Current topics explained by RUG professionals


Political party GroenLinks wants to legalise the drug MDMA, also known as ecstasy, to stop criminals producing the drug so the government can take control, instead. Is MDMA innocent enough to be legalised without issue?
By Christine Dirkse

Bauke Buwalda

Associate professor of behavioural physiology

‘MDMA releases serotonin into the brain, which causes its stimulating effect. It works kind of like the more well-known substances dopamine and endorphins. It makes you feel all good and warm and cuddly and gives you a lot of energy. So it’s great for parties.’

‘But I’m not convinced that MDMA doesn’t impact the brains negatively. While it doesn’t destroy any brain cells, it can have long-lasting or even permanent consequences. People who’ve used MDMA in the past may be familiar with the depression that can follow a weekend of partying (the so-called blue Monday). That’s because your brain releases less serotonin, making you feel worse and leaving you low on energy. Studies into the effects of MDMA on animals showed that this dip in serotonin can last for months.’

‘Colleagues in Amsterdam have also proven the lasting effects of MDMA on people. There are indications that it damages the white matter in the brain. The circulation in certain parts of the brain also worsens. This effect was mainly observed in heavy users. People who take the drug occasionally don’t suffer the effects as much, but they’re still there.’

Arie Dijkstra

Professor of the psychology of addiction

‘People naturally tend towards living their lives as low-risk and danger-free as possible, with as many fun things as possible. You see that a lot in our society: things like football, parties, or presents make us happy. We need those things, they make us feel euphoric.’

‘We usually do these fun things externally: we organise things with our behaviour and do things that make us happy. But you can also trigger that fun feeling internally, through drugs. Drugs give your brains that feeling of fun, without us doing anything physically or socially.’

‘Our current society has many more drugs in it than fifty years ago. It’s almost as though we want more of that internal feeling of fun. This need might have something to do with the individualisation of society and the breakdown of traditional religious and socio-political barriers.’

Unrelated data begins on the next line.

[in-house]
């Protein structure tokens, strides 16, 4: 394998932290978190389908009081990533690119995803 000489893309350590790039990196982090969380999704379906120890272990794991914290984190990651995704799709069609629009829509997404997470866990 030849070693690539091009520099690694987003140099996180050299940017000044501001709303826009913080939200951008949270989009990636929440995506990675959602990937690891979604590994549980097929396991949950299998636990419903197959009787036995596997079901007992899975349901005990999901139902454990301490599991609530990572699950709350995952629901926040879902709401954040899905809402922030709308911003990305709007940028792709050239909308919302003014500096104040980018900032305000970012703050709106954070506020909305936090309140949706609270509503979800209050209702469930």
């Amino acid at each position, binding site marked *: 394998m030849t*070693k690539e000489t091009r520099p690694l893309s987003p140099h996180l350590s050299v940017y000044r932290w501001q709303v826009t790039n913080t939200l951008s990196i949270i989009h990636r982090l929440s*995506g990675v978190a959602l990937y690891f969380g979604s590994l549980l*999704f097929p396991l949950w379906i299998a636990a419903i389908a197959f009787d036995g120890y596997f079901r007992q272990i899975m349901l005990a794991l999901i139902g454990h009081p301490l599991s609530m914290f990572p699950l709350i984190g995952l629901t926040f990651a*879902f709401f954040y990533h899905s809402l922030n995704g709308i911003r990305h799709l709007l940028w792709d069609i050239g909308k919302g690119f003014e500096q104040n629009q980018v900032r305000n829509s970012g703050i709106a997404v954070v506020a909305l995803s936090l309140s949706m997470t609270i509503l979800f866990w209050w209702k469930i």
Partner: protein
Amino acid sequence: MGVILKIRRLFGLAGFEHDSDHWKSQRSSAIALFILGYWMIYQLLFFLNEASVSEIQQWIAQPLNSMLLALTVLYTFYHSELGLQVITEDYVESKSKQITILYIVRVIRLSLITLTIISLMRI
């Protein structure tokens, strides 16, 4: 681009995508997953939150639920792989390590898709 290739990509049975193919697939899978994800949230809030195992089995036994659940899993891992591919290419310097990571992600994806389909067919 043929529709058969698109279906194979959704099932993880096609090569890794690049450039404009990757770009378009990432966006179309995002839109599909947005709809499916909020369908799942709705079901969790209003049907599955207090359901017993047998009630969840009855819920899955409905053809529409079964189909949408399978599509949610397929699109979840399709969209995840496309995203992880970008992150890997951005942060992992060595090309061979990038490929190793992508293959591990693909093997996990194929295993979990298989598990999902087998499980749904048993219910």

‘People want to feel like they’re part of a group; it makes them feel safe and useful and fun. The breakdown of barriers means these groups have disappeared. The effect of this has been proven in laboratory settings: if you remove people from a group, they will try to find other means to make them happy. The use of drugs can fill that – perfectly normal – feeling of emptiness.’

Herman Broring

Professor of administrative law

‘MDMA is currently illegal. It’s on the list of illegal substances. It’s very clear. But it’s impossible to enforce this. In the Netherlands, there’s a policy of tolerating the use of these substances, up to a certain point. This toleration policy can be kind of confusing.’

‘It would kind of make sense to take it easier on MDMA; it’s not like it’s a hard drug. So we might as well legalise it. Judicially speaking, it wouldn’t be much of an issue: laws can be changed. But on a European and international level, changing this Dutch law can lead to political problems.’

‘If the production of MDMA becomes legal in the Netherlands, people will continue to export MDMA to countries where it’s still illegal, probably more so than they’re doing now. So that would create a problem for other countries. I don’t think there’s enough support in The Hague to actually legalise MDMA. So they’ll probably continue tolerating it.’


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